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### Author Topic: Mysterious Resonant Circuit  (Read 86744 times)

#### exnihiloest

• Hero Member
• Posts: 715
##### Re: Mysterious Resonant Circuit
« Reply #15 on: July 25, 2008, 04:39:34 PM »
...
POWER OUT = ( 17.5 Volts AC) ^2 / ( 150 ohms)  / 2 = 1.02 watts
...

Hi EMdevices

Refering to your pictures, the output voltage is not sinusoidal so your formula Pout = Vp^2 / 2*R can't be applied. You must use a true RMS power meter before claiming OU.
It is clear that only 24% of extra energy is in the margin of a wrong estimation due to a inaccurate formula.

A NPN transistor can be used with reversed polarity. It is a known fact in electronics. In this case the transistor characteristics such as gain are very different and poor but can be enough for sustaining an oscillation.
Dipoles (negative impedances) or a quadripoles (such transistors) with very weak gain just over 1 can be used to build oscillators.

Fran?ois

#### armagdn03

• Sr. Member
• Posts: 441
##### Re: Mysterious Resonant Circuit
« Reply #16 on: July 25, 2008, 04:55:03 PM »
scale it up a bit...........to qualify for prize must be one watt of usable power.

#### duff

• Sr. Member
• Posts: 298
##### Re: Mysterious Resonant Circuit
« Reply #17 on: July 25, 2008, 05:06:15 PM »

EM,

Could you give us the number of turns you used on each winding + core type and size if you know it?

Congratulations - Great Work!

-Duff

#### nul-points

• Hero Member
• Posts: 995
##### Re: Mysterious Resonant Circuit
« Reply #18 on: July 25, 2008, 05:11:18 PM »
on the power calc issue - i think even a sinusoidal waveform needs an RMS factor in the equation, not just dividing the pk-pk by 2 - here in the UK the mains supply volts are nominal 240V RMS = approx 680V pk-pk

on the transistor polarity  issue - i was interested a while back when experimenting with ultra low-power oscillator circuits to find circuit designs which often had transistors connected with reverse polarity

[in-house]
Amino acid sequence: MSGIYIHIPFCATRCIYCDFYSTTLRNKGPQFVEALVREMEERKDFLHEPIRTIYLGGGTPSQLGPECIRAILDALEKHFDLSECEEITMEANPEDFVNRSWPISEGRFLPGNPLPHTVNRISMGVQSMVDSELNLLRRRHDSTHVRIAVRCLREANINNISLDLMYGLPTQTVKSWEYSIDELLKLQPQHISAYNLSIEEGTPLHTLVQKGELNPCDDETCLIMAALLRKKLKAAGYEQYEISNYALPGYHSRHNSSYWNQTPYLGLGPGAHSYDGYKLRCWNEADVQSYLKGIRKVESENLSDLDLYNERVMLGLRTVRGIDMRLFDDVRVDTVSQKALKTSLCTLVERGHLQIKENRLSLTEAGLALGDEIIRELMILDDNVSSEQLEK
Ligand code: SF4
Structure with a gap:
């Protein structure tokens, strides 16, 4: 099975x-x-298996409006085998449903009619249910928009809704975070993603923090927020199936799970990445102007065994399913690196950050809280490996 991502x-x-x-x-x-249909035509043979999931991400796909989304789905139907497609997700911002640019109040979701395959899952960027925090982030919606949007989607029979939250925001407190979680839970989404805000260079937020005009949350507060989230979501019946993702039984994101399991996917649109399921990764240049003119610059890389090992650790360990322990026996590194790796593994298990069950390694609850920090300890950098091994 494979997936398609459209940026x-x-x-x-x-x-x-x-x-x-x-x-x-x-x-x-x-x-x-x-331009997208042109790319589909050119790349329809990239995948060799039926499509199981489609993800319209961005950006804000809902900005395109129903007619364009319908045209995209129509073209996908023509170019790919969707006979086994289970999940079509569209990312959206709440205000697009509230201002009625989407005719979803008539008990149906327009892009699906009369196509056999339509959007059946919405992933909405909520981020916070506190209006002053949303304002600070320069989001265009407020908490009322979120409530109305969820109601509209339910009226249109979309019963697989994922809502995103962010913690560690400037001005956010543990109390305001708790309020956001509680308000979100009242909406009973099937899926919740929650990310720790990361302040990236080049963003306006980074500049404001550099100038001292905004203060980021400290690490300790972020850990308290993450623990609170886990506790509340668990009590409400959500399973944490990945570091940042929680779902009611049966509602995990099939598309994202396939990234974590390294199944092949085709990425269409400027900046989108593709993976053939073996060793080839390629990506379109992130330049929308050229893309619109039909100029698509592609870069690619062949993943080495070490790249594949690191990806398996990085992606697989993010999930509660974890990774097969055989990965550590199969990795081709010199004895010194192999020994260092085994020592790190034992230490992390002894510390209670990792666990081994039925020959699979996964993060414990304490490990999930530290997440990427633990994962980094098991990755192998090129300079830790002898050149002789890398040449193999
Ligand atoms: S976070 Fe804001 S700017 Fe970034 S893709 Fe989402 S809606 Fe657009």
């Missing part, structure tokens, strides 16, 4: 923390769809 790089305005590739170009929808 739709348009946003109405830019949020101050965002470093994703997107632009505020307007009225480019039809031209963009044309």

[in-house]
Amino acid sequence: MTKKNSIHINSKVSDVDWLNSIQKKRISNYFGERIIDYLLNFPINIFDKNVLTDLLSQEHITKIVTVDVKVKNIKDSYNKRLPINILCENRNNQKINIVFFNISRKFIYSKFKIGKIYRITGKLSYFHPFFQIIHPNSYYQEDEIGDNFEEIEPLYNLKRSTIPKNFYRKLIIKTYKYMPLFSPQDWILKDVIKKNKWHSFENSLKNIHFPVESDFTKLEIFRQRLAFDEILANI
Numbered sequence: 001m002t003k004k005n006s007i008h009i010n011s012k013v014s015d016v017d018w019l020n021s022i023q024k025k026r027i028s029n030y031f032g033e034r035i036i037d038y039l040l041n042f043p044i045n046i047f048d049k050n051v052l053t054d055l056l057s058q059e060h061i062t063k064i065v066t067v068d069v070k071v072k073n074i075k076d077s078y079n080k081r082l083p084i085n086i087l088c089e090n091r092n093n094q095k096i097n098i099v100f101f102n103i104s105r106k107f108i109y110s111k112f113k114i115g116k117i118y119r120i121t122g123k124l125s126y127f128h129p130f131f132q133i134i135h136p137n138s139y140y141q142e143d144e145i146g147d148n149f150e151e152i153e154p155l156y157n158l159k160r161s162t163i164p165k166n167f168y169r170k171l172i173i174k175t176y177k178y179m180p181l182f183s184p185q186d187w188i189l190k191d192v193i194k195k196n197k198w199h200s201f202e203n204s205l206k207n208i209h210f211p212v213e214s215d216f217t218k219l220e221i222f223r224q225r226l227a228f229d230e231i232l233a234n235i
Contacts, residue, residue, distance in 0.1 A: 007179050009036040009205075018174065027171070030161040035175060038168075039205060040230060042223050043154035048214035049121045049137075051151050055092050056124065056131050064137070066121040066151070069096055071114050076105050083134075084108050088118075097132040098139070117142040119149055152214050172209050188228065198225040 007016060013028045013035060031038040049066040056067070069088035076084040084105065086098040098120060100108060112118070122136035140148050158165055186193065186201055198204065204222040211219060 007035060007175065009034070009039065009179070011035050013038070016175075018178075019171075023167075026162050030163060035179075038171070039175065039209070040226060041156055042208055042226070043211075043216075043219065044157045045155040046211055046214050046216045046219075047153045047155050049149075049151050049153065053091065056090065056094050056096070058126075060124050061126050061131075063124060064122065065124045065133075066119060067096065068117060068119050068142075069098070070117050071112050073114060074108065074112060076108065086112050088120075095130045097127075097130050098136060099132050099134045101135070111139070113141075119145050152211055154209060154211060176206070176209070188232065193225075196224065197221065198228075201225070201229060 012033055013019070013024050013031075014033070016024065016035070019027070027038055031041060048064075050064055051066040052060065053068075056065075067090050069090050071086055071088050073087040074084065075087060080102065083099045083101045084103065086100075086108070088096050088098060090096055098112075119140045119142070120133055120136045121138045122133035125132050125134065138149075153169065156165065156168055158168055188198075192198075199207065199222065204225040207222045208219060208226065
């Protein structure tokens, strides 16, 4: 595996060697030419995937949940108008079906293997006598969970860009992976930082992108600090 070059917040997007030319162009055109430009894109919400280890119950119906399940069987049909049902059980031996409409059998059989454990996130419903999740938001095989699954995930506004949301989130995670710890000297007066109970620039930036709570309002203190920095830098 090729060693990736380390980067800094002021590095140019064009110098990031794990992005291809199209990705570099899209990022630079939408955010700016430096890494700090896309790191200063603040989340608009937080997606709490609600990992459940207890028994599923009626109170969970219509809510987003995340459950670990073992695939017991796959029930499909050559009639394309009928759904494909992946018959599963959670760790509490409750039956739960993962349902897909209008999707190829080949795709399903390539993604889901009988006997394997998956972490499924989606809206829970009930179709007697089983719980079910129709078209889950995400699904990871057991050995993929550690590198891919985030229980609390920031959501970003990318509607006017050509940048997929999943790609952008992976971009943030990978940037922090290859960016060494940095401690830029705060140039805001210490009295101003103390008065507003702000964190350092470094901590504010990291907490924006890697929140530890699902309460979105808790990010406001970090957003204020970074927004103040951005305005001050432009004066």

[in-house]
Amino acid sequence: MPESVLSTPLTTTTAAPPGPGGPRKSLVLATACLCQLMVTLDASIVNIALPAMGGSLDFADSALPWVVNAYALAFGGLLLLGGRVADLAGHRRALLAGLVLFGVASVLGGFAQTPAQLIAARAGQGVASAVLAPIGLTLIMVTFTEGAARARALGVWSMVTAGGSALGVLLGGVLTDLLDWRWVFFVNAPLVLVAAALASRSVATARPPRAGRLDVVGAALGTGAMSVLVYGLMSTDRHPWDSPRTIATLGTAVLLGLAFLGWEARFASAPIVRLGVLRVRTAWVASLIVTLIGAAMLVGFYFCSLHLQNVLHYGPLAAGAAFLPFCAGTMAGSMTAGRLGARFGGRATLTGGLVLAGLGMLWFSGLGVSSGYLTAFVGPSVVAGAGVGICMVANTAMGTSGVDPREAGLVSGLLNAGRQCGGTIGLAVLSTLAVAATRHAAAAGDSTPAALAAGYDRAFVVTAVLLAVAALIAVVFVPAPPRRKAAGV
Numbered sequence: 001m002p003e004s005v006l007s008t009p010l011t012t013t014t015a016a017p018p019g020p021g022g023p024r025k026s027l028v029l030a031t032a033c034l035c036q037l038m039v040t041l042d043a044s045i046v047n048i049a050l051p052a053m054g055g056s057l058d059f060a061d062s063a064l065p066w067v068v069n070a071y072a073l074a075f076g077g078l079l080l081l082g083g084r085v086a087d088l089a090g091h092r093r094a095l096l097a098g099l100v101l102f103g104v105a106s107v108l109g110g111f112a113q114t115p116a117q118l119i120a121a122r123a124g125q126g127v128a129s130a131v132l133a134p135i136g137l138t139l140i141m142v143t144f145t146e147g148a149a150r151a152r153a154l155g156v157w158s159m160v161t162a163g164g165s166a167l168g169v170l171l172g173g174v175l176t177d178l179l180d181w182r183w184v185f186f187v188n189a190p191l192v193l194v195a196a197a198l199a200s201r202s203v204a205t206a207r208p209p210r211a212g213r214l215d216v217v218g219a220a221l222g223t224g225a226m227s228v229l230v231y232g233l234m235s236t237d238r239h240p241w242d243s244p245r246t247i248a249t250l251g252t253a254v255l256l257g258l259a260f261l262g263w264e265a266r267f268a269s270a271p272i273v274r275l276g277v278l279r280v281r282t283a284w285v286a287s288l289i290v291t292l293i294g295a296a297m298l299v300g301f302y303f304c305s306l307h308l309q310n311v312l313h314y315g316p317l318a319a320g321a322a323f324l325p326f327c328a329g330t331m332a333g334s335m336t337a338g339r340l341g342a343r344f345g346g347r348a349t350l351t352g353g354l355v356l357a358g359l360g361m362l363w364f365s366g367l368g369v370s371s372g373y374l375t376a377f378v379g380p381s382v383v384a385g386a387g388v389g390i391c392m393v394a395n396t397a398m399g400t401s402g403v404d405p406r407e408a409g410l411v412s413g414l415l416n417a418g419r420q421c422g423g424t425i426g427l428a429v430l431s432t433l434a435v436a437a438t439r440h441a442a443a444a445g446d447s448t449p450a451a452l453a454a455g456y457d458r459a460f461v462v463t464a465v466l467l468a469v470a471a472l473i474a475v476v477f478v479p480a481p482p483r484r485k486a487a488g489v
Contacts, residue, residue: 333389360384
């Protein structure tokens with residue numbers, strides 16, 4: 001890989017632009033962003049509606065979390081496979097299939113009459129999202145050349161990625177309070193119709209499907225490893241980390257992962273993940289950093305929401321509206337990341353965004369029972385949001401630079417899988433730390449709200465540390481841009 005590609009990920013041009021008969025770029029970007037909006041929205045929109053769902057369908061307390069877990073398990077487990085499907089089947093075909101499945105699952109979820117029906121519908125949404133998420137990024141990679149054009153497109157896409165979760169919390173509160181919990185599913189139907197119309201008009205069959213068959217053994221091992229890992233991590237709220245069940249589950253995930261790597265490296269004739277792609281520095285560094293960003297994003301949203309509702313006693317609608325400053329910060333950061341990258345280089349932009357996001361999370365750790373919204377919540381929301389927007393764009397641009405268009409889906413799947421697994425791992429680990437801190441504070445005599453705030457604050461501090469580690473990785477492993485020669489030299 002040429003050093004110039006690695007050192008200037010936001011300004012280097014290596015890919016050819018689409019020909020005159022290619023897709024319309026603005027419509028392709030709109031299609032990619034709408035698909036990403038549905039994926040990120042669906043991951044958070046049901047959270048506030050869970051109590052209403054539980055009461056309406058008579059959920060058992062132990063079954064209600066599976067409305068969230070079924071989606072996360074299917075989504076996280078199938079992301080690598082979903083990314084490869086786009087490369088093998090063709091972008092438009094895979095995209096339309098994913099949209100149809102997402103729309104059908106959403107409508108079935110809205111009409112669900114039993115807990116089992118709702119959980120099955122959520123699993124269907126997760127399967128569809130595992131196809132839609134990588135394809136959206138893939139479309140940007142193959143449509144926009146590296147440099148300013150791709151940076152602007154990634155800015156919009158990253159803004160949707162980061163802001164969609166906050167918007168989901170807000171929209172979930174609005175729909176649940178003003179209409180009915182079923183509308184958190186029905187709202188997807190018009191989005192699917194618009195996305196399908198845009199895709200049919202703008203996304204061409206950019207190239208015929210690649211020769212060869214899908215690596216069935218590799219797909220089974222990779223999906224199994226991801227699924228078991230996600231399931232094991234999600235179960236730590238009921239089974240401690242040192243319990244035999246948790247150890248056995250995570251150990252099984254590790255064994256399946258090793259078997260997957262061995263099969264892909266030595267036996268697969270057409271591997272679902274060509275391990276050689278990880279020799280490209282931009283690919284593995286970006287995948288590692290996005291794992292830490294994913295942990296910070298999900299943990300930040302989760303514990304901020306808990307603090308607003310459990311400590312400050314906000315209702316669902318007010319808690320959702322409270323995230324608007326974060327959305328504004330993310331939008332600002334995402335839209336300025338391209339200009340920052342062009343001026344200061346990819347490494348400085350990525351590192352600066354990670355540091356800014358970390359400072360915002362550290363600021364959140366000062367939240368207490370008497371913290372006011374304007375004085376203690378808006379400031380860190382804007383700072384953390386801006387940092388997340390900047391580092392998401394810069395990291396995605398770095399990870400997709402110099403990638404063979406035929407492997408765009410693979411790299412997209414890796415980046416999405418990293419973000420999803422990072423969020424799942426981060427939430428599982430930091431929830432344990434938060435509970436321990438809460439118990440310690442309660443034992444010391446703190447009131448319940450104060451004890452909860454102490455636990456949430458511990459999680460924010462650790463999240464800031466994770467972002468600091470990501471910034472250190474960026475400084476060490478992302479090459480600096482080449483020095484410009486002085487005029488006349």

anyway, it's interesting how circuit setup mistakes can sometimes lead to new discoveries, so don't be discouraged if this circuit turns out not to be OU yet

all the best
sandy
Doc Ringwood's Free Energy site  http://ringcomps.co.uk/doc

#### innovation_station

• Hero Member
• Posts: 5134
##### Re: Mysterious Resonant Circuit
« Reply #19 on: July 25, 2008, 05:16:23 PM »
scale it up a bit...........to qualify for prize must be one watt of usable power.

mine is scaled....  for low power out put or huge power output.....

currently when i break my contact my mot unit will return 1500v on each break i have 4 of thease in my unit so in 1 revalution i have over 6000v returning and the best part i mesure no draw from my source....

im not talking of current flow here this is my primary only ...   my 4 mot unit   the secondaryies are not there yet and are not nessarly needed depending on how you set it up

the universe is the limit ....  and we aint there yet ...

ist

wate till i switch amparage    then you see the light...   stand up 4 your rite!!

i put in... in 1 of my tests 5 amp @12vdc and i mesured over 20 amp peek upon return ....  needless to say it was more than 12vdc returning...

#### BEP

• TPU-Elite
• Hero Member
• Posts: 1289
##### Re: Mysterious Resonant Circuit
« Reply #20 on: July 25, 2008, 06:05:02 PM »
@EMDevices

P=1.414*RMS
P=.5*P-P
P-P=2*P
RMS=.707*P

Assuming 'P' equals peak....

Power=Volts*Amps - Sort Of.

FYI for others: RMS stands for "Root Mean Square"  to find it, take your peak to peak
voltage and multiply by .707.
This assumes a sine wave.  And
RMS is .707 the Vpeak.

or take RMS voltage and divide by .707 to get back to the VP-P
This would get U to Vpeak.  Vp-p would be twice that.

I'm sure EM knows this but lets let him finish. Results good or bad, I can't wait! Either way this sounds like near unity.

#### EMdevices

• TPU-Elite
• Hero Member
• Posts: 1146
##### Re: Mysterious Resonant Circuit
« Reply #21 on: July 25, 2008, 06:20:29 PM »
I guess the overunity prize has quite a few rules,  I had forgoten.

http://www.overunity.com/index.php/topic,2157.0.html

Looks like I need 50 watts usuable output power and to build 3 units, among other things, and send them out for verification.  Ok,  I'll start the process of scaling it up soon.

EM

#### poynt99

• TPU-Elite
• Hero Member
• Posts: 3582
##### Re: Mysterious Resonant Circuit
« Reply #22 on: July 25, 2008, 06:22:33 PM »
EMD's calculation is ok.